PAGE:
Apparently, the Frenchman’s general air of superiority grated on everyone in the room, and on the second day of class the teacher came up with a brilliant plan: "You understand much. I think that you should go to Korean 102. If it is difficult, come back. But you should be ok." He agreed that he was in fact vastly superior than the two of us, and he basically hopped up out of his seat. The two of us who remained - the Chinese chick and myself - bid adieu in Korean. There are two ways of saying "goodbye" in Korean. Ours was a nonchalant "peace go with you." This was reciprocated by a sniffy "peace stay with you."

Now it’s just me and this Chinese chick. I’m keeping pace with the curriculum okay, but for the my remaining classmate it’s kinda cheating. For a rough SAT analogy: ENGLISH: LATIN :: KOREAN: CHINESE. This would be like me in a Spanish class with a Papua New Guinean. I’m holding my own, but she can understand hella more than I do, so I kinda tune out when they have their own conversations. That, and I’m still terribly slow with the script, so the Chinese chick needs something to do while I’m writing away at a kindergarten level - replete with fat pencil and quadruple-lined paper.


Yesterday, I was walking out of my local subway station and ran into a couple "sisters." Not in the African American sense, but in the LSD sense. Of course they stopped me since a whitey sighting is pretty infrequent in my neighborhood. All was going well (away from the topic of religion) until we started talking about language. Somehow, and quite adroitly, this segued into God:

"Oh, wow. You study for an hour a day by yourself? That takes a lot of willpower. Have you found any good Korean books?"

"Actually, I read the Book of Mormon."

"Good book" must have triggered something in the eldest Elder Sister, and I was impressed with her conversation shift. She quite bluntly asked me about my religious stance, and she made it impossible for me not to answer the question. When it came down to it, I conceded that every Mormon I’ve ever met has been a fabulously kind person. When she asked if I wanted to learn to be that way, I was somehow finagled into agreeing to visit the Mormon homepage when I got home. A promise that I've so far broken.

This wasn’t the first time I’d found myself in a missionary position since I’ve been in this country. Months ago, I was chilling out in my bathrobe on a Saturday morning when I received a rare knock on the door. Thinking it was certainly a friend, I quickly opened. Two demure, pious-looking Orientals were there to greet me. One of the better parts of living here is that you aren't handed leaflets on the sidewalk once people realize you are white. I hoped there would be a similar language barrier in that case. There wasn’t, and she apologized profusely for not having any English language literature on her. The following week there was a sticky note on my door:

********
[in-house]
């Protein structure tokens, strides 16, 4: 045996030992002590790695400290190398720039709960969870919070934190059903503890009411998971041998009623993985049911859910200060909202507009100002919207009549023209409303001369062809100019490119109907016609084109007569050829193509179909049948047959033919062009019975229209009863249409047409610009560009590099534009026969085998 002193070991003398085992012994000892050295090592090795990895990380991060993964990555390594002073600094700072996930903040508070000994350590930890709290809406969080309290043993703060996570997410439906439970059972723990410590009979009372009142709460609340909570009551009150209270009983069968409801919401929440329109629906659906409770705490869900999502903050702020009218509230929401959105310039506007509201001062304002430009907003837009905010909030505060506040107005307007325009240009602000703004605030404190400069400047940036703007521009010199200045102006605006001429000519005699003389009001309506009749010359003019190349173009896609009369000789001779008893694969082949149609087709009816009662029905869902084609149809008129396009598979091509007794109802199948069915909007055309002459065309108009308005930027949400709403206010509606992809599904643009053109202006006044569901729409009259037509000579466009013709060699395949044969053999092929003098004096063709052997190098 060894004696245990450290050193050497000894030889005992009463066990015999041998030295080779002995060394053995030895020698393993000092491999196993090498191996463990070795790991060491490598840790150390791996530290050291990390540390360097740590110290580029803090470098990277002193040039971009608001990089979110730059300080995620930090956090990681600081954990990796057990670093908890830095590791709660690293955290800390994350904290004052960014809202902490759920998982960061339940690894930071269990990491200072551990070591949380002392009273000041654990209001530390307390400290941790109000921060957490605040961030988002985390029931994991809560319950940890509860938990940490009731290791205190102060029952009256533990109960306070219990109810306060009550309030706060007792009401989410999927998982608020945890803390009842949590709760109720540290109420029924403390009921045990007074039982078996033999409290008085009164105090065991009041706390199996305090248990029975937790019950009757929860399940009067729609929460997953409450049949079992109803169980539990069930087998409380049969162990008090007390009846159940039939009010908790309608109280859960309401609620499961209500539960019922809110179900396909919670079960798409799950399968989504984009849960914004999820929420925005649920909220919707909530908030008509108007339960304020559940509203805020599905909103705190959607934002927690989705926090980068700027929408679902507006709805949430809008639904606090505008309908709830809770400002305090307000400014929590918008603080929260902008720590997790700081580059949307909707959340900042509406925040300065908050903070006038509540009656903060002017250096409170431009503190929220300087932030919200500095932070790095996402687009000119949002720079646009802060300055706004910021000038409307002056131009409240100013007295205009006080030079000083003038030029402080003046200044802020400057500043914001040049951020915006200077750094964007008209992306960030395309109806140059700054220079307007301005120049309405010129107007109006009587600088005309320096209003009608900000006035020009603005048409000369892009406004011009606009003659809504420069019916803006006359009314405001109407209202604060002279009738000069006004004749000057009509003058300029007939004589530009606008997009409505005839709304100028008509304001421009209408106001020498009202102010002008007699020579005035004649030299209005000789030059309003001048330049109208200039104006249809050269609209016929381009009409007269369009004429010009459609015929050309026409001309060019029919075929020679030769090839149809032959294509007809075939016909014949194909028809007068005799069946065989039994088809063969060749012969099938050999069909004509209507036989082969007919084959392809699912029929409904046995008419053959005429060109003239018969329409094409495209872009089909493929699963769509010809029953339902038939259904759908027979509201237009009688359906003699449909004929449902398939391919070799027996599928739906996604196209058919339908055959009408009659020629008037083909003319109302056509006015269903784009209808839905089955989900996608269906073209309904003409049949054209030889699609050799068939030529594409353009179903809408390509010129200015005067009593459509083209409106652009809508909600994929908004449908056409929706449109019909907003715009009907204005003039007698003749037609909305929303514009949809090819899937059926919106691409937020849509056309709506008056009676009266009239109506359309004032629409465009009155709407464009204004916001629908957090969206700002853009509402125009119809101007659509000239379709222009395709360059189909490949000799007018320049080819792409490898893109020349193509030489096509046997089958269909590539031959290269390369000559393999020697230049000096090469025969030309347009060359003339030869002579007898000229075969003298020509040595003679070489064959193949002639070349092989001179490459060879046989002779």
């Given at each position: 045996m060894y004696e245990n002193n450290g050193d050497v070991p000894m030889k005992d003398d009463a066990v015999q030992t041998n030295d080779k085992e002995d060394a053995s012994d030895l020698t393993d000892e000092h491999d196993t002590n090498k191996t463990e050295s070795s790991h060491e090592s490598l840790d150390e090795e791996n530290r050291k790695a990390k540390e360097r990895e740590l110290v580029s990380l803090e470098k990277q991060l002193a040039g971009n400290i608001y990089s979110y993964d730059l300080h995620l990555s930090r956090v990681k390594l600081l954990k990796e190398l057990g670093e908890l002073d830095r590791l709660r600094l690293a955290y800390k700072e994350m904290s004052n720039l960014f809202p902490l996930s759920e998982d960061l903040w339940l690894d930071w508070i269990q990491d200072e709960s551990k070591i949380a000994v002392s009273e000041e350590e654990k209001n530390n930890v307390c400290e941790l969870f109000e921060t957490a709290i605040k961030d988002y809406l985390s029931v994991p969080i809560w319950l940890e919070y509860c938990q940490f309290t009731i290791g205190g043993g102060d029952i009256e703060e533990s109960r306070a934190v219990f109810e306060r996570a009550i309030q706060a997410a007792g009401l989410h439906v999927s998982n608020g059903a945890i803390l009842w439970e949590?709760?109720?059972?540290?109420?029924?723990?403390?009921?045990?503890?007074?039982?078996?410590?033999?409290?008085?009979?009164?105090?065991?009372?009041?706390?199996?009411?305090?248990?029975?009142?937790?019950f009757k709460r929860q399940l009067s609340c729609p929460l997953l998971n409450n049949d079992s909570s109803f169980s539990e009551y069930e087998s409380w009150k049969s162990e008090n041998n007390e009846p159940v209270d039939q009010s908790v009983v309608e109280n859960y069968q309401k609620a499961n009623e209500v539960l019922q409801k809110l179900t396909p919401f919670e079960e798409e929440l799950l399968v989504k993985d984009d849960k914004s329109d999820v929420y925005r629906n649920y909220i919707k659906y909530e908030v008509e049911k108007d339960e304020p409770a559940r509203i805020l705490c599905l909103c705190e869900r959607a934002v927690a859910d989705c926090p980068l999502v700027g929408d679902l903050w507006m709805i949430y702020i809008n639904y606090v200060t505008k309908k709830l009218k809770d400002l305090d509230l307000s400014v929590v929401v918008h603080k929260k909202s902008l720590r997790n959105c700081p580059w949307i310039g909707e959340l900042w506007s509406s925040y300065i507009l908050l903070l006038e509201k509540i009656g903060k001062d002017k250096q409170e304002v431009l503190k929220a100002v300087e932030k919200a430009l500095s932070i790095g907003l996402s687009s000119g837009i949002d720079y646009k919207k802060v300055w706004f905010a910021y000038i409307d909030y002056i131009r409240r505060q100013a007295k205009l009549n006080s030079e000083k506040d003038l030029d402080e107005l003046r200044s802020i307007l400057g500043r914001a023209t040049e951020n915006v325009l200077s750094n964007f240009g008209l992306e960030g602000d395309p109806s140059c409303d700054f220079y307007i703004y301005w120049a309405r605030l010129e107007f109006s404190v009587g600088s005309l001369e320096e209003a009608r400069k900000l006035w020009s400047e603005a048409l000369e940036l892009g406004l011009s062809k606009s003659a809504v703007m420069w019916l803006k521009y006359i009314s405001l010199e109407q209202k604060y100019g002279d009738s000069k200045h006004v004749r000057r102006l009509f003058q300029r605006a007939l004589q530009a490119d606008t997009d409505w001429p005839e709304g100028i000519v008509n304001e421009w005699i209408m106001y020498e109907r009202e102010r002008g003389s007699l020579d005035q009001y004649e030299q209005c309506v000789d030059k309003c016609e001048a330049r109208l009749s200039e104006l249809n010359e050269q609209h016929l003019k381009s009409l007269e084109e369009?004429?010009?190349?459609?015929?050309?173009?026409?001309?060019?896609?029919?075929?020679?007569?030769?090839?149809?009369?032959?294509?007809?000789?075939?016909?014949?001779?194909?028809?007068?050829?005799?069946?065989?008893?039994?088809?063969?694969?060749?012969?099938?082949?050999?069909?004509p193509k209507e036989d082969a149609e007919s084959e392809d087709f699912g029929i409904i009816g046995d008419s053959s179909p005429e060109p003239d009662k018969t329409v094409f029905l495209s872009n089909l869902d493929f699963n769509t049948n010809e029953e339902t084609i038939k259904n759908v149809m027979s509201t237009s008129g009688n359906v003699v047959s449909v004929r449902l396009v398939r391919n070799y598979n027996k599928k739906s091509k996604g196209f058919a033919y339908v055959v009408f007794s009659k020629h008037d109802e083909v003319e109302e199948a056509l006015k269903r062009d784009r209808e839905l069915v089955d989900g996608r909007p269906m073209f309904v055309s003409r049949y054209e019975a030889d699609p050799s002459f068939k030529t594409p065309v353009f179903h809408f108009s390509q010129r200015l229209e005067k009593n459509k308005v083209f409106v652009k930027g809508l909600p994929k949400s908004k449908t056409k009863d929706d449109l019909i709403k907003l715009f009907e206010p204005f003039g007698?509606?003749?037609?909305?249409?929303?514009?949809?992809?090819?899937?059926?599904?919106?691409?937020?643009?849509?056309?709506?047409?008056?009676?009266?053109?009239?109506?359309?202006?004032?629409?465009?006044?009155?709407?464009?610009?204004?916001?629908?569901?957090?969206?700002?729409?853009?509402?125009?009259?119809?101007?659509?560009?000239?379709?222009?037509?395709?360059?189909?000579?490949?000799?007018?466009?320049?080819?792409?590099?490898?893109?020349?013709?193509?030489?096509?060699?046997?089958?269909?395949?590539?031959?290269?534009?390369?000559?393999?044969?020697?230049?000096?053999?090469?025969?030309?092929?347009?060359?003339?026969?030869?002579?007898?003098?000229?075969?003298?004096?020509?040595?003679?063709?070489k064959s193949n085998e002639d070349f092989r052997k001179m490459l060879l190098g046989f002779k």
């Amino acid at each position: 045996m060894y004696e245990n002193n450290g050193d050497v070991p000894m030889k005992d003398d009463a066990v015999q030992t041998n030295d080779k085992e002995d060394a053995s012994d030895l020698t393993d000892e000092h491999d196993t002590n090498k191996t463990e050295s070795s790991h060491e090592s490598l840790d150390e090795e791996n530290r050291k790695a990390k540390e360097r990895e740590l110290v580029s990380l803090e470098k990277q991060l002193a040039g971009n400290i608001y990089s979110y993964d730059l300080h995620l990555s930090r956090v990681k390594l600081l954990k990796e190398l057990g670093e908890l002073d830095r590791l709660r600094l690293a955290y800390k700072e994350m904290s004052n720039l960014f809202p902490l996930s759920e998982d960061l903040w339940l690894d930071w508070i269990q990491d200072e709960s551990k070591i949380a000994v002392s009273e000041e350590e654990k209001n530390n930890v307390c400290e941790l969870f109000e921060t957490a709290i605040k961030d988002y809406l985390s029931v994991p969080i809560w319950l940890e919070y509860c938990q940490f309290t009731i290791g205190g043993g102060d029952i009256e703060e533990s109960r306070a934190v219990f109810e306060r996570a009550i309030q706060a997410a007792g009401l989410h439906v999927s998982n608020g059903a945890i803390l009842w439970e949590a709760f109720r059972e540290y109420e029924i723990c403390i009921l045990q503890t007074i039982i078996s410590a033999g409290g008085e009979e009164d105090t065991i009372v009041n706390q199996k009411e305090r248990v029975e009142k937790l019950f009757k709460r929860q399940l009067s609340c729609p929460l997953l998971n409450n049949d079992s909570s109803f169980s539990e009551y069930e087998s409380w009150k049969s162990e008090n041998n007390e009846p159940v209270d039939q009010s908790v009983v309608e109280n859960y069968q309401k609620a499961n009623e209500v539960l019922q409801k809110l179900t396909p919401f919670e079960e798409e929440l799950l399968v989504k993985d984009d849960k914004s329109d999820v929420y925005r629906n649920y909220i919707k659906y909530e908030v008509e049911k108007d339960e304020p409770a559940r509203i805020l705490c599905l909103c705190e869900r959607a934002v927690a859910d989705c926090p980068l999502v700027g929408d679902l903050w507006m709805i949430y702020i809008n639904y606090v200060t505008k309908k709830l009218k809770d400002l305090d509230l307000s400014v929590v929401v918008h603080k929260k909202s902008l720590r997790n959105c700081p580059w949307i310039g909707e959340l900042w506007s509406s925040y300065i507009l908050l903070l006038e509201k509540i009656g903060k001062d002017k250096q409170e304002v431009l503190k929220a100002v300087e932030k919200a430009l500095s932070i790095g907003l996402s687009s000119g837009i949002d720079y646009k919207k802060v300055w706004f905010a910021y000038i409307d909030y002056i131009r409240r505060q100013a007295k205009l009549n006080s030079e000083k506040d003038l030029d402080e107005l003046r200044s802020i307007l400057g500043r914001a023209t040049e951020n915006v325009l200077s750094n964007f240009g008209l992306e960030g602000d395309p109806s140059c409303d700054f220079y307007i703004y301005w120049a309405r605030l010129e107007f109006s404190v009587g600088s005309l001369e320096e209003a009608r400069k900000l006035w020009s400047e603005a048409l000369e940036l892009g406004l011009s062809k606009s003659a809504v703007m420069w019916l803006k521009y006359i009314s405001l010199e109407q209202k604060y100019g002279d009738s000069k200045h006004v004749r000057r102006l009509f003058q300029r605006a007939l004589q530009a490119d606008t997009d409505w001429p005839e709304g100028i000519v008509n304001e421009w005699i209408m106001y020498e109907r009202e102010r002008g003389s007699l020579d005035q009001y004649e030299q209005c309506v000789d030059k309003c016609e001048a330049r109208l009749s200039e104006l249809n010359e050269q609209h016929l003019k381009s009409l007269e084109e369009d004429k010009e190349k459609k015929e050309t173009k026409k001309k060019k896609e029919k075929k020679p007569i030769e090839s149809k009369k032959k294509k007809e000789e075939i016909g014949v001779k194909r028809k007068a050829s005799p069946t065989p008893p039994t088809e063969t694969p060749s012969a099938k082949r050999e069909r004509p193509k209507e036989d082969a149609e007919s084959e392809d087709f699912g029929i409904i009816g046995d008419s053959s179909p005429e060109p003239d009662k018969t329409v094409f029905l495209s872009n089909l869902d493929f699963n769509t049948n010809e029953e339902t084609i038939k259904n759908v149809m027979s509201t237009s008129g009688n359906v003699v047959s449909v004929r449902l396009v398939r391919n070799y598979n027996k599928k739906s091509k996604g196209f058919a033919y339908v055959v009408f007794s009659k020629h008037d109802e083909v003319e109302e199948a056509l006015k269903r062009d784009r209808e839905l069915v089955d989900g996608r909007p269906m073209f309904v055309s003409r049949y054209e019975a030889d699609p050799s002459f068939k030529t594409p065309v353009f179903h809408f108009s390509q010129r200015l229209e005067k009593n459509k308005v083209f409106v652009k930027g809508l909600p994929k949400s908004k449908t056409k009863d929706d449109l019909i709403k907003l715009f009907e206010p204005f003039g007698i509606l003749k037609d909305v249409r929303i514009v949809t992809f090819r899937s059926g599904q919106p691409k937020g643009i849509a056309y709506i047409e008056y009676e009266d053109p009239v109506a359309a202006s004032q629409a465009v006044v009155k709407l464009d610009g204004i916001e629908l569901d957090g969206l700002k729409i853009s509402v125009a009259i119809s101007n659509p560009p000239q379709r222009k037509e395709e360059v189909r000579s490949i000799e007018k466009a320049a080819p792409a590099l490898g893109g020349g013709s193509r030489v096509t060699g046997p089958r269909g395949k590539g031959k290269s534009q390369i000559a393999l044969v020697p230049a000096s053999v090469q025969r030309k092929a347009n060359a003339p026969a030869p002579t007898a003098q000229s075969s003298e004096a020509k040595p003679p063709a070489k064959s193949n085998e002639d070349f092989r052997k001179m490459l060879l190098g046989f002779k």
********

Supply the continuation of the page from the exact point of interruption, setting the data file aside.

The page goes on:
"Hi. I am the one who visited you last Saturday. I brought some English magazines for you, but you are not here. So I will leave them out your post box. I wish you enjoy reading those magazines. Bye."

Somewhere in my (new) apartment, I still have that copy of the Watchtower.

Monday, May 28, 2007


Today, I was browsing the internet to see if Ignatius J. Reilly was a direct influence on The Comic Book Guy - something that caused me to wake up in a cold sweat last night. The findings were inconclusive, but the search did yield an overly emotional reaction to the deadpan prose of a typical wiki article:

Voiced by Hank Azaria, the obese, nerdy, hairy Comic Book Guy is perhaps
best known for his sarcastic quips. He holds a master's degree in folklore and mythology (he translated The Lord of the Rings into Klingon as part of his thesis). His catchphrase is the declaration "Worst. (Noun). Ever.", which is usually
delivered with slight pauses between each word, or variants with slightly
different wording (such as "Worst. Theme Park. Ever.").

Something about The Comic Book Guy holding a master's degree in folklore caused me to simultaneously giggle and weep. One wiki link later, and I swear that my body 15 pounds ago has been wikified. There were a few dead-ringers for CBG at the folklore conferences I've been to, but I'm a little miffed that Matt Groening would've given this degree to the most. pedantic cartoon character. ever. I mean, who gets an MA in folklore?